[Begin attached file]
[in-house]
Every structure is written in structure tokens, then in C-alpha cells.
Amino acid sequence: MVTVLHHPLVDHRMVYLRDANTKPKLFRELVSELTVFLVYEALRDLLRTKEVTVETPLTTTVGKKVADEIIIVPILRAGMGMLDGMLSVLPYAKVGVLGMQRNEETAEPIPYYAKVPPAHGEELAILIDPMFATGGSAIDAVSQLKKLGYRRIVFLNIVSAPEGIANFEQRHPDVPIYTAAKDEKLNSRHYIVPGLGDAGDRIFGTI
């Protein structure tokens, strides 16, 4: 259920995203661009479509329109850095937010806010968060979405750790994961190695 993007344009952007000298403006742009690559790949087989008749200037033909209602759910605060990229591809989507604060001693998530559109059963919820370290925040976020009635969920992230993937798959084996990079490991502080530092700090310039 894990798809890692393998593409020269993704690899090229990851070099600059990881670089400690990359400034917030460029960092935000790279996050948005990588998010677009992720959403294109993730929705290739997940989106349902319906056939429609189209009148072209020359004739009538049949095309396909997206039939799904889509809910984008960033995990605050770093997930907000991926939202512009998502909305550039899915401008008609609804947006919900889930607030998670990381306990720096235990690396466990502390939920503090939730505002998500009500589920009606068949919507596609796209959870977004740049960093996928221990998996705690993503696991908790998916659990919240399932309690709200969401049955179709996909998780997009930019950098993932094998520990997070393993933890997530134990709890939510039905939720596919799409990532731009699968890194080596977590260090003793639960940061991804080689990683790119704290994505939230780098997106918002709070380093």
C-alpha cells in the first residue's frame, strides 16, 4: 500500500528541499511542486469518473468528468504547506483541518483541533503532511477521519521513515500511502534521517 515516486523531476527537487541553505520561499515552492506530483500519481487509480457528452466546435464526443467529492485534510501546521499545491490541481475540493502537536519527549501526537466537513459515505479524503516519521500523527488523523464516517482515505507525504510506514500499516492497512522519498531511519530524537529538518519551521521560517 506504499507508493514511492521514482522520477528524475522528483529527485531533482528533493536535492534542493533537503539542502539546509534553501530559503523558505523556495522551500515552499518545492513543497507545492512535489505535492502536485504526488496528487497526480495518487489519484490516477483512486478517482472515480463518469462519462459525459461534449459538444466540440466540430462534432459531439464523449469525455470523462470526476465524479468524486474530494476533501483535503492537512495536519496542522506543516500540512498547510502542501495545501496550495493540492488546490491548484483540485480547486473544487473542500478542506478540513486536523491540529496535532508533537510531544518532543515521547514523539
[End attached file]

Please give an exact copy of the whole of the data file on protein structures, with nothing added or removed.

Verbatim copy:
[in-house]
Every structure is written in structure tokens, then in C-alpha cells.
Amino acid sequence: MVTVLHHPLVDHRMVYLRDANTKPKLFRELVSELTVFLVYEALRDLLRTKEVTVETPLTTTVGKKVADEIIIVPILRAGMGMLDGMLSVLPYAKVGVLGMQRNEETAEPIPYYAKVPPAHGEELAILIDPMFATGGSAIDAVSQLKKLGYRRIVFLNIVSAPEGIANFEQRHPDVPIYTAAKDEKLNSRHYIVPGLGDAGDRIFGTI
């Protein structure tokens, strides 16, 4: 259920995203661009479509329109850095937010806010968060979405750790994961190695 993007344009952007000298403006742009690559790949087989008749200037033909209602759910605060990229591809989507604060001693998530559109059963919820370290925040976020009635969920992230993937798959084996990079490991502080530092700090310039 894990798809890692393998593409020269993704690899090229990851070099600059990881670089400690990359400034917030460029960092935000790279996050948005990588998010677009992720959403294109993730929705290739997940989106349902319906056939429609189209009148072209020359004739009538049949095309396909997206039939799904889509809910984008960033995990605050770093997930907000991926939202512009998502909305550039899915401008008609609804947006919900889930607030998670990381306990720096235990690396466990502390939920503090939730505002998500009500589920009606068949919507596609796209959870977004740049960093996928221990998996705690993503696991908790998916659990919240399932309690709200969401049955179709996909998780997009930019950098993932094998520990997070393993933890997530134990709890939510039905939720596919799409990532731009699968890194080596977590260090003793639960940061991804080689990683790119704290994505939230780098997106918002709070380093």
C-alpha cells in the first residue's frame, strides 16, 4: 500500500528541499511542486469518473468528468504547506483541518483541533503532511477521519521513515500511502534521517 515516486523531476527537487541553505520561499515552492506530483500519481487509480457528452466546435464526443467529492485534510501546521499545491490541481475540493502537536519527549501526537466537513459515505479524503516519521500523527488523523464516517482515505507525504510506514500499516492497512522519498531511519530524537529538518519551521521560517 506504499507508493514511492521514482522520477528524475522528483529527485531533482528533493536535492534542493533537503539542502539546509534553501530559503523558505523556495522551500515552499518545492513543497507545492512535489505535492502536485504526488496528487497526480495518487489519484490516477483512486478517482472515480463518469462519462459525459461534449459538444466540440466540430462534432459531439464523449469525455470523462470526476465524479468524486474530494476533501483535503492537512495536519496542522506543516500540512498547510502542501495545501496550495493540492488546490491548484483540485480547486473544487473542500478542506478540513486536523491540529496535532508533537510531544518532543515521547514523539